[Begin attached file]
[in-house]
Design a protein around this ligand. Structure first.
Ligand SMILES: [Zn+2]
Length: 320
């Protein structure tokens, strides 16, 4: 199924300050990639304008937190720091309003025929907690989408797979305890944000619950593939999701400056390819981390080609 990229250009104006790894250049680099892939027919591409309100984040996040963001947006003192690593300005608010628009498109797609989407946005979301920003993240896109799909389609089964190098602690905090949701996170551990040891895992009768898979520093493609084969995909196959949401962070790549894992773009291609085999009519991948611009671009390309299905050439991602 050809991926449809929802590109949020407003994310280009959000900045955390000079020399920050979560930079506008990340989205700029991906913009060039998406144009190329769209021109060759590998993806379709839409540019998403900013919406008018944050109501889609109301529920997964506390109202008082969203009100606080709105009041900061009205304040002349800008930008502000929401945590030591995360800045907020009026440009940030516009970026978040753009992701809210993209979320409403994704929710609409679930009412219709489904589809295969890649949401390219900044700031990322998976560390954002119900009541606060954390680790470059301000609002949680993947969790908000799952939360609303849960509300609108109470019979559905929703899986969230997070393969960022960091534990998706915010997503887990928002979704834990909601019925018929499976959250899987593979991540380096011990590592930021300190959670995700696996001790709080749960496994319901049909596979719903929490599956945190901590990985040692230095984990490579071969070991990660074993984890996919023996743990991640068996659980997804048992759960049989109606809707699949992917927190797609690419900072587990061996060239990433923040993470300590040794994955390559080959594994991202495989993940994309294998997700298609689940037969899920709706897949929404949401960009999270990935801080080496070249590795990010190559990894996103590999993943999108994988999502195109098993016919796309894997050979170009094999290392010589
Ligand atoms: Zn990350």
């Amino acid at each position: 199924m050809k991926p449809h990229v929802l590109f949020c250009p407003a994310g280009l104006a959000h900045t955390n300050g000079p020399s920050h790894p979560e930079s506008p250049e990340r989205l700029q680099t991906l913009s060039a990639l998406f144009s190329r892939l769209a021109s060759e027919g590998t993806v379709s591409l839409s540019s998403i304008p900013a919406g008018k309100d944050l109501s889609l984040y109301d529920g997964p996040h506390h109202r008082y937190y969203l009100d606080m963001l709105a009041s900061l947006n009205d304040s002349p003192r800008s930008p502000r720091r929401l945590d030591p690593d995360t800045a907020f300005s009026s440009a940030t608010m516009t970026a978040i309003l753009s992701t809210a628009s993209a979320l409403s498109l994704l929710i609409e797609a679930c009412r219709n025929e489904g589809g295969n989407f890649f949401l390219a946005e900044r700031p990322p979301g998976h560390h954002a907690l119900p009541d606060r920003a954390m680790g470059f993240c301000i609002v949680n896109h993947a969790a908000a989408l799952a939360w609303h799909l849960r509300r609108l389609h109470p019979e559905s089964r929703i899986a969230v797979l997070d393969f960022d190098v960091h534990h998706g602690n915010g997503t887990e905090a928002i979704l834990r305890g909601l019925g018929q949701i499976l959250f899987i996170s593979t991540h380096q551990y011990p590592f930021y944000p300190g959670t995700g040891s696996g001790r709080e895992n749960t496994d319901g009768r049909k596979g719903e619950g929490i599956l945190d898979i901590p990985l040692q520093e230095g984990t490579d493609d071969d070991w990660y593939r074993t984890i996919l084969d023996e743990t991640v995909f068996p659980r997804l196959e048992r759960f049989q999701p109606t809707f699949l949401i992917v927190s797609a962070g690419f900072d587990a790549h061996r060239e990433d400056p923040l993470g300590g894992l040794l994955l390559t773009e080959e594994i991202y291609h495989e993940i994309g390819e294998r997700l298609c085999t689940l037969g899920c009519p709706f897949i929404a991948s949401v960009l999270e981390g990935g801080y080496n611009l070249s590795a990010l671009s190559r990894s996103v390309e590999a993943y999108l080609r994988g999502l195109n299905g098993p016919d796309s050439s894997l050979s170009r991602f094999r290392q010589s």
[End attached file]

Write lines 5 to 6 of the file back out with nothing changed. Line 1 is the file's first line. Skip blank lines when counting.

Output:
């Protein structure tokens, strides 16, 4: 199924300050990639304008937190720091309003025929907690989408797979305890944000619950593939999701400056390819981390080609 990229250009104006790894250049680099892939027919591409309100984040996040963001947006003192690593300005608010628009498109797609989407946005979301920003993240896109799909389609089964190098602690905090949701996170551990040891895992009768898979520093493609084969995909196959949401962070790549894992773009291609085999009519991948611009671009390309299905050439991602 050809991926449809929802590109949020407003994310280009959000900045955390000079020399920050979560930079506008990340989205700029991906913009060039998406144009190329769209021109060759590998993806379709839409540019998403900013919406008018944050109501889609109301529920997964506390109202008082969203009100606080709105009041900061009205304040002349800008930008502000929401945590030591995360800045907020009026440009940030516009970026978040753009992701809210993209979320409403994704929710609409679930009412219709489904589809295969890649949401390219900044700031990322998976560390954002119900009541606060954390680790470059301000609002949680993947969790908000799952939360609303849960509300609108109470019979559905929703899986969230997070393969960022960091534990998706915010997503887990928002979704834990909601019925018929499976959250899987593979991540380096011990590592930021300190959670995700696996001790709080749960496994319901049909596979719903929490599956945190901590990985040692230095984990490579071969070991990660074993984890996919023996743990991640068996659980997804048992759960049989109606809707699949992917927190797609690419900072587990061996060239990433923040993470300590040794994955390559080959594994991202495989993940994309294998997700298609689940037969899920709706897949929404949401960009999270990935801080080496070249590795990010190559990894996103590999993943999108994988999502195109098993016919796309894997050979170009094999290392010589
Ligand atoms: Zn990350």